Whether traumatic brain injury stems from a disease such as multiple sclerosis or Parkinson’s or from the effects of aging, an accident, or an assault, many of the emotions a victim may feel will be similar. He or she may be plagued by anger at the unfairness of it all, wondering why such a situation had to befall him or her. Why not someone else, or no one at all?
Fear is also very common, not only about the future but even as a response to whatever trauma may have caused the injury. Coping with the threat of the unknown, with all it encompasses, can be extremely overwhelming for anyone. When that person has been dealt a blow to his or her ability to communicate or function normally, that trepidation can be amplified many times over.
A third reaction, less common but still quite frequently seen, is denial. The patient may refuse to believe that his symptoms are as severe as doctors or other professionals or family members claim them to be. He or she may also refuse to entertain the idea that recovery will not be quick and total. Finally, the brain injury patient may feel sadness and even despair. Life has changed irrevocably, as have relationships and the outlook for the future.
Now consider what would happen if that patient, already struggling to deal with the concrete effects and the emotional fall-out of the injury, also became clinically depressed. The inability to concentrate and remember that often occur in a depressed person who is not otherwise injured would be all the more devastating for someone whose cognitive processes had been recently compromised by trauma. The feelings of hopelessness that often immobilize the depressed patient would put huge roadblocks in the way of successful rehabilitation of the brain-injured person. Considering that the course of rehabilitation approved by insurance companies is often finite, the pressure to succeed on a timetable is often great. To expect a clinically depressed traumatic brain injury patient to adhere to this schedule is often unrealistic.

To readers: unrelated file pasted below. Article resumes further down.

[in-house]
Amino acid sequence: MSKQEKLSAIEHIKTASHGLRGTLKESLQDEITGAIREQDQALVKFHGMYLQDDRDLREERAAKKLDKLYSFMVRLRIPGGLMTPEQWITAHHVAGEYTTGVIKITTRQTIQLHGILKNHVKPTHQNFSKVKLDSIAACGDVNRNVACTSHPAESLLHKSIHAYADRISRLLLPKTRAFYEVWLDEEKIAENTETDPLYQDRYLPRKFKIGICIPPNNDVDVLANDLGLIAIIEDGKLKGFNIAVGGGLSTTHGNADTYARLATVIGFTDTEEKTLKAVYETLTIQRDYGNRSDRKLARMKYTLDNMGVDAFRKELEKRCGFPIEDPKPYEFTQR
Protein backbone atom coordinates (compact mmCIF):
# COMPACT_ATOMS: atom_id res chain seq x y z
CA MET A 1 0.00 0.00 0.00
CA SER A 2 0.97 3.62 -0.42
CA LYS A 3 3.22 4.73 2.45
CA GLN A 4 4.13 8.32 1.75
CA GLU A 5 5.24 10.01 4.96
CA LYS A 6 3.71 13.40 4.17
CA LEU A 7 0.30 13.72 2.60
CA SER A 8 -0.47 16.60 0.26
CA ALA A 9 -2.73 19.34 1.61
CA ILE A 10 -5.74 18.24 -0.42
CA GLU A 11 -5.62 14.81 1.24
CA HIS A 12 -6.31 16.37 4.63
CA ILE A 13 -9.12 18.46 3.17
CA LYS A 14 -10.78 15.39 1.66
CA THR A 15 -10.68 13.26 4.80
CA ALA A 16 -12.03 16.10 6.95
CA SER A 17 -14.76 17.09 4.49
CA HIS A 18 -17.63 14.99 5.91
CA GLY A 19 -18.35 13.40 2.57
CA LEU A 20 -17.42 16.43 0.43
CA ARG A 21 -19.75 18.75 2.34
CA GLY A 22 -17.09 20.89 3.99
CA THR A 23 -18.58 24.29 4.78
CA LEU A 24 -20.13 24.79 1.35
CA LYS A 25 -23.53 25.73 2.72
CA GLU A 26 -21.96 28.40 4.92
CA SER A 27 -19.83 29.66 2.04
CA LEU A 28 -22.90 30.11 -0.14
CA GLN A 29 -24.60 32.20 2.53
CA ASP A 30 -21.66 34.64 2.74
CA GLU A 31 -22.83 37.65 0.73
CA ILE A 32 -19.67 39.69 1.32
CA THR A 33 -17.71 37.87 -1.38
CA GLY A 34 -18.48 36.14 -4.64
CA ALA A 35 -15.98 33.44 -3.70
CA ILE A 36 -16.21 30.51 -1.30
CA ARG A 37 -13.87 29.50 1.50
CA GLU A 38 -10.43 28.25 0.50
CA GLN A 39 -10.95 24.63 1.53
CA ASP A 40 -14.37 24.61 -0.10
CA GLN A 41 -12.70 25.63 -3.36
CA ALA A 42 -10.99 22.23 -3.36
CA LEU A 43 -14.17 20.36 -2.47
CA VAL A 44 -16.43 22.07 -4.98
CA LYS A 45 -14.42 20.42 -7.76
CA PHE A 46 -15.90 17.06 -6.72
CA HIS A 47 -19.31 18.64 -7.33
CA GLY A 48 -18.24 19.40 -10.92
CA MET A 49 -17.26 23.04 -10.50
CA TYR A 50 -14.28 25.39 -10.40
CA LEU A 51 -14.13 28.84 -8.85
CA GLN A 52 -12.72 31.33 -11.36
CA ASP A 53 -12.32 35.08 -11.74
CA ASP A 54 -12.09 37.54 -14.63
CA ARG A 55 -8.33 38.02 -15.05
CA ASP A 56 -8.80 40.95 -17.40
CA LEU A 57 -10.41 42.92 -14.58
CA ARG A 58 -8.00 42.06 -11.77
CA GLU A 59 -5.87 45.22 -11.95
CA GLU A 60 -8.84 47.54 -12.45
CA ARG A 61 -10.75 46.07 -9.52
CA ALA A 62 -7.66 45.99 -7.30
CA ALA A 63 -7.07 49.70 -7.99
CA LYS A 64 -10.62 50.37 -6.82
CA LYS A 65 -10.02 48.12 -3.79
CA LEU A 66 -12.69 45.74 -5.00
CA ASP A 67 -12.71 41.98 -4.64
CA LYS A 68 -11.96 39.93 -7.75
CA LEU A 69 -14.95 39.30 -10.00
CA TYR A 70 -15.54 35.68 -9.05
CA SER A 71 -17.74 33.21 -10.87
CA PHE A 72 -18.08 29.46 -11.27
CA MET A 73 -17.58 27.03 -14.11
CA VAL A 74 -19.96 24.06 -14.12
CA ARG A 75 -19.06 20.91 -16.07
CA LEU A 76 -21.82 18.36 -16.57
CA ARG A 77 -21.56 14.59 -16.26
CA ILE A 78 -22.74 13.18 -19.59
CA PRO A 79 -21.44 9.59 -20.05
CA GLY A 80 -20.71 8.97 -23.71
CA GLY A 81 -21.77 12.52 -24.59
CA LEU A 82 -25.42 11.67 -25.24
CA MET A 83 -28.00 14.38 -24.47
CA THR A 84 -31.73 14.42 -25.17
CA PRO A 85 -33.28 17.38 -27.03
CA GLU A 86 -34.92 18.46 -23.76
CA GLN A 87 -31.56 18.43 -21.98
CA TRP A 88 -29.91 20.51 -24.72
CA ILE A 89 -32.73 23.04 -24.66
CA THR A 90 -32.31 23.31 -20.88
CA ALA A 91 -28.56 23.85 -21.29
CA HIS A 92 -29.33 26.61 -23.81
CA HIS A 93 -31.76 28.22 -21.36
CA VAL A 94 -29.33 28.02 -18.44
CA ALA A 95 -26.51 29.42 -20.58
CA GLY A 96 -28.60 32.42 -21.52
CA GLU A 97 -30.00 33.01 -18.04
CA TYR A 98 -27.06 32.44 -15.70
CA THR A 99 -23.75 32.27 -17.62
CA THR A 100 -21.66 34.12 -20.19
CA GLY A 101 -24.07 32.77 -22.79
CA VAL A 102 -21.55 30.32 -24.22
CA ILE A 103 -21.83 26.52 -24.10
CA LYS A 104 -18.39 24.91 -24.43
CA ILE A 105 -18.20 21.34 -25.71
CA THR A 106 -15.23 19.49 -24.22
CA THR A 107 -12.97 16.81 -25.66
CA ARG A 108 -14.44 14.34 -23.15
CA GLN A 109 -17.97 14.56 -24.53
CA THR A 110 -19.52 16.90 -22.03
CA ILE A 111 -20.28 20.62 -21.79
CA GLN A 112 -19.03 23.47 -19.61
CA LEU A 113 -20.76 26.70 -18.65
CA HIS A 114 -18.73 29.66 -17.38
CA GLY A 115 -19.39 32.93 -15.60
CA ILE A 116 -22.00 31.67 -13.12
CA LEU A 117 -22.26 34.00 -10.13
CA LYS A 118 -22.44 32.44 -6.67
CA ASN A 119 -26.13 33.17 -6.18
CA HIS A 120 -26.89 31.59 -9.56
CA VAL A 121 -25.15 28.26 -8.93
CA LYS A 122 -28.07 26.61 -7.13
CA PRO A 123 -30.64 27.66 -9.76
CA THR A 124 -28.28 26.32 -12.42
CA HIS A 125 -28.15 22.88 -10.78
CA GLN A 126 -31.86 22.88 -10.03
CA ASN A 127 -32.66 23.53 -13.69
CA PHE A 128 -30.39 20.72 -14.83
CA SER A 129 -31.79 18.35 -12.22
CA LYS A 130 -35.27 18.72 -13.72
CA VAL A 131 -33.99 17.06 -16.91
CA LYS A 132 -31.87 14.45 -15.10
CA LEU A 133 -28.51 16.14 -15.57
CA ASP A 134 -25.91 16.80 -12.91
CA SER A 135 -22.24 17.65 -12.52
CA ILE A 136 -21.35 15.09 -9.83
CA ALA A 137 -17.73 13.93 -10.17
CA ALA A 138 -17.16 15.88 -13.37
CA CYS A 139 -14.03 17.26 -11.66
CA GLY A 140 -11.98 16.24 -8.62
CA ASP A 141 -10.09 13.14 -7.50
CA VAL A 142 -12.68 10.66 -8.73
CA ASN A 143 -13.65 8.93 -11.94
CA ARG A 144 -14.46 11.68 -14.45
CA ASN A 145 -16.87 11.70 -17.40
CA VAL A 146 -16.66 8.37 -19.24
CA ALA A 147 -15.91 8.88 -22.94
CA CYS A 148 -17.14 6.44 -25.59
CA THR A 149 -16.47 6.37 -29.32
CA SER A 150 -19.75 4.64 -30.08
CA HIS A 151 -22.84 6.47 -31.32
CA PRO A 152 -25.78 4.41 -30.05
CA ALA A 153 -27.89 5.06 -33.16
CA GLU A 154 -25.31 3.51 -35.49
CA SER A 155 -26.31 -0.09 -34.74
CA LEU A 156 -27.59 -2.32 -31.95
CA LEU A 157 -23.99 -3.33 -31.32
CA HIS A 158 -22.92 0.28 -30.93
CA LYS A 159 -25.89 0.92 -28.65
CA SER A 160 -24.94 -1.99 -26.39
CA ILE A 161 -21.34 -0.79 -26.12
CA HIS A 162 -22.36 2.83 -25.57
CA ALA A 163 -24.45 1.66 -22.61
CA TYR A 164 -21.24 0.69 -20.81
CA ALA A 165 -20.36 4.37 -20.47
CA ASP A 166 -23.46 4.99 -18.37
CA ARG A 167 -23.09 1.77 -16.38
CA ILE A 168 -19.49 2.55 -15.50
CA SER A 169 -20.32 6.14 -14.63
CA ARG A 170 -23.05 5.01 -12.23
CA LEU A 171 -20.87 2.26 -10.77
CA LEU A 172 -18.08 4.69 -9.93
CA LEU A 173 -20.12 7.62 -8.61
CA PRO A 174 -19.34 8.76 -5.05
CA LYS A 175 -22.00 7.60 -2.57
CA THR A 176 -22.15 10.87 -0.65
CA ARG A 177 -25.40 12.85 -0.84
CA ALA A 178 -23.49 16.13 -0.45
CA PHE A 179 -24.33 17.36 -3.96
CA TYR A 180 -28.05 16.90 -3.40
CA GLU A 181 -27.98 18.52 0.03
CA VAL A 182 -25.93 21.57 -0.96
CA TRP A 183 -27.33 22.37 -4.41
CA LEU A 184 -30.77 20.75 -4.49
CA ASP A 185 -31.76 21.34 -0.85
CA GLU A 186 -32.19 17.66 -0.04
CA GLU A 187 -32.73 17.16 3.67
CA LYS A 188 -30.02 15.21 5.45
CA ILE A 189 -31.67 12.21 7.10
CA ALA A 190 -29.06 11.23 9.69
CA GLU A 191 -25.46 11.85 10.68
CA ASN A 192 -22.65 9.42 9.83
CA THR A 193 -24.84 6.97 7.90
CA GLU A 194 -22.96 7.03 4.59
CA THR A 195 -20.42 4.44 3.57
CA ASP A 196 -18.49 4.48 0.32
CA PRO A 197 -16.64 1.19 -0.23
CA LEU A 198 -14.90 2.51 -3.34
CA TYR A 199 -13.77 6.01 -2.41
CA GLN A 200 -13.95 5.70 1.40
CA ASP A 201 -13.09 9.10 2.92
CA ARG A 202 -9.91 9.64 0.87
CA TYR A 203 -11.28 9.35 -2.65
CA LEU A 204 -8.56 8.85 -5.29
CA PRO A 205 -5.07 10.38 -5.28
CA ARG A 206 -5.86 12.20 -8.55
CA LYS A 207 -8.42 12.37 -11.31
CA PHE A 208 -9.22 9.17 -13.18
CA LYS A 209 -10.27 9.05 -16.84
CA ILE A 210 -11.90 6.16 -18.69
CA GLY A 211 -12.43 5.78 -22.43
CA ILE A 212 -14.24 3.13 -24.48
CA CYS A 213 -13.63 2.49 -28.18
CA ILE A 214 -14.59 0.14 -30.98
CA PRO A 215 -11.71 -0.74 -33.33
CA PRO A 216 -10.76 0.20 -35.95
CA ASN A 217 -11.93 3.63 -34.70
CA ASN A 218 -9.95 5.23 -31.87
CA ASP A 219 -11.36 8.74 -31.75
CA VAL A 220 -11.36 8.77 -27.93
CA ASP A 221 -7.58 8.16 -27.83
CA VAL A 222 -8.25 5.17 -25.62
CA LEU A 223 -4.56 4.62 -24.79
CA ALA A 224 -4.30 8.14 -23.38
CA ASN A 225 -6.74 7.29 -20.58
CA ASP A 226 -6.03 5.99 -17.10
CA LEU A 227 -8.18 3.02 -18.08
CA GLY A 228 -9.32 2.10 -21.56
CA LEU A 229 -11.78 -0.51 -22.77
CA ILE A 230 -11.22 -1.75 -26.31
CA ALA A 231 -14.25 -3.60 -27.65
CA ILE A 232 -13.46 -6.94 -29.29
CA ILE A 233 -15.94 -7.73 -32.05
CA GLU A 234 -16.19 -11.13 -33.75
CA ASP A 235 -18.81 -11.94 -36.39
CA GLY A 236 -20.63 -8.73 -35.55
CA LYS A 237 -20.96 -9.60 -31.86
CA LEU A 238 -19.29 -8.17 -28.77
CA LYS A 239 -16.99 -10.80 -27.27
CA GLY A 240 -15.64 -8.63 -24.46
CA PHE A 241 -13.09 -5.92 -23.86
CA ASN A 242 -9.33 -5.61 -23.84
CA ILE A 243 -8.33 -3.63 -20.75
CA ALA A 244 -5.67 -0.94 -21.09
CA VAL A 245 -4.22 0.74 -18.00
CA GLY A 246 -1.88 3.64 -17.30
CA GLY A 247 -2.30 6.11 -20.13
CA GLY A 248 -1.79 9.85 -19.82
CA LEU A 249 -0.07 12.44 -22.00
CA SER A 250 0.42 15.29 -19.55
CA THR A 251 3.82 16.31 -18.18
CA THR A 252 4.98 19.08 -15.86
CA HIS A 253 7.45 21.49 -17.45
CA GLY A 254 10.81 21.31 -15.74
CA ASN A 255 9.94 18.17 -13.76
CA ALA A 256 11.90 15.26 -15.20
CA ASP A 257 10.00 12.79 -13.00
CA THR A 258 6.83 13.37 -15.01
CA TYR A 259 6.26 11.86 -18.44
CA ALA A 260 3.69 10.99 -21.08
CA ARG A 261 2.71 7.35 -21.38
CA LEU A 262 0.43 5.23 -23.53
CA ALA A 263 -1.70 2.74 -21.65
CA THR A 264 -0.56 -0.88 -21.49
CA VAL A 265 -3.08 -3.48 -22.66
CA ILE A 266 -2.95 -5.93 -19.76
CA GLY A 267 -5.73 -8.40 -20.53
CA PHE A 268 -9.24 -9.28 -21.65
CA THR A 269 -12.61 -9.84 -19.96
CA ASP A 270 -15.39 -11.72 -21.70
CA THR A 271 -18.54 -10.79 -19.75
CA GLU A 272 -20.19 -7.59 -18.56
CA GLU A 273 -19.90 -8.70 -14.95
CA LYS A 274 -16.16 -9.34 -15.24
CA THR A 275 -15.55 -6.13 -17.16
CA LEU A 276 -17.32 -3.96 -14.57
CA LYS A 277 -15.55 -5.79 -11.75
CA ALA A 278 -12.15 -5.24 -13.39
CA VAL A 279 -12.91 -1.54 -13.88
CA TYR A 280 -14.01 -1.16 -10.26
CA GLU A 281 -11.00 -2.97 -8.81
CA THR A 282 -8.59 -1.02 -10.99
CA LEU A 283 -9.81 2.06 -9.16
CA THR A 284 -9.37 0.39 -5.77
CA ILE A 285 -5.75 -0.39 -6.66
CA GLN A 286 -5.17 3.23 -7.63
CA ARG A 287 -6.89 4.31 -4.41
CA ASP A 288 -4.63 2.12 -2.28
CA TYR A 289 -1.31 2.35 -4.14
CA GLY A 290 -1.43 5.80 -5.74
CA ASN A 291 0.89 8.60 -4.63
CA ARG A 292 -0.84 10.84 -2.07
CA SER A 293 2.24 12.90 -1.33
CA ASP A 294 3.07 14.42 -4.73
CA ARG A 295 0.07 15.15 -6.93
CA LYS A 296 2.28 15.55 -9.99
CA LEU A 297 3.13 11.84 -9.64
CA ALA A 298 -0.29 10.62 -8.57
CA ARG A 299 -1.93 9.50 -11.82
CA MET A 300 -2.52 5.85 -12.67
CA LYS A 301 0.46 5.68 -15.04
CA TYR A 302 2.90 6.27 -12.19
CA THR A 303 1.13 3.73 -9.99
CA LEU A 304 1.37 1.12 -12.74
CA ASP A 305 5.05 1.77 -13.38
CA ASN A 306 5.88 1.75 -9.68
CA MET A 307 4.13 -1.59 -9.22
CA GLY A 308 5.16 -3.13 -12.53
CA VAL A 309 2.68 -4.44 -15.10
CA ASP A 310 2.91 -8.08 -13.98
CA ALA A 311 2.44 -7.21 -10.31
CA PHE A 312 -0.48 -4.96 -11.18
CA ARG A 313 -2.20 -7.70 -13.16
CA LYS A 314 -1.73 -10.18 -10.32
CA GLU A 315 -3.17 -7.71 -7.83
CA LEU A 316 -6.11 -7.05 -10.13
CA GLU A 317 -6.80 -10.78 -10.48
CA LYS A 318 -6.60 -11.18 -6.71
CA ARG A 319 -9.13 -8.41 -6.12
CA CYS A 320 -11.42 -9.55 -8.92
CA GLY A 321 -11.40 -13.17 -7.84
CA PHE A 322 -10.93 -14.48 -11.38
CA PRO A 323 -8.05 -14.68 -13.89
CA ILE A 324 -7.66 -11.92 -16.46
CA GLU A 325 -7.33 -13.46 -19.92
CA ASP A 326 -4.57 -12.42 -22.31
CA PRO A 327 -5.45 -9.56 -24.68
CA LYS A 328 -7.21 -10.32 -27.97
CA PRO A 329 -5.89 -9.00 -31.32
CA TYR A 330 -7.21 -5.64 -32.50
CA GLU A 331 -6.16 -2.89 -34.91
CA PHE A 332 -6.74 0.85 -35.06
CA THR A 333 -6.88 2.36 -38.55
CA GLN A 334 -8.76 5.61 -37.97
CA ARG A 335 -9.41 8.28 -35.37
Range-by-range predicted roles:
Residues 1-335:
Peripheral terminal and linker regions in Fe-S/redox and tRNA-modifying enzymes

Another factor is the bitter disappointment that many patients may feel if they are not able to function as well as they had hoped. Throughout therapy, many bolster their own confidence by telling themselves repeatedly that if they just keep on trying, they will accomplish anything. That is, after all, the work ethic that many people subscribe to in their everyday lives as well. When those principles collide with the unpleasant reality of insurmountable limitations, there is often a great deal of grief and anger. It is at this time that a patient is most susceptible to suicidal thoughts or actual attempts.
Assisting the patient through physical and occupational therapy and language consultation after he or she has sustained traumatic brain damage is vital. However, it is of equal importance to take into consideration and monitor the patient’s emotional health and well-being throughout the rehabilitation process. In addition, attention should be given to ensure that care-givers are provided with information and support about the reactions they are having and the emotions they feel. These aspects of recovery, while more subtle, are essential to the well-being of patient and family as they move toward acceptance and healing.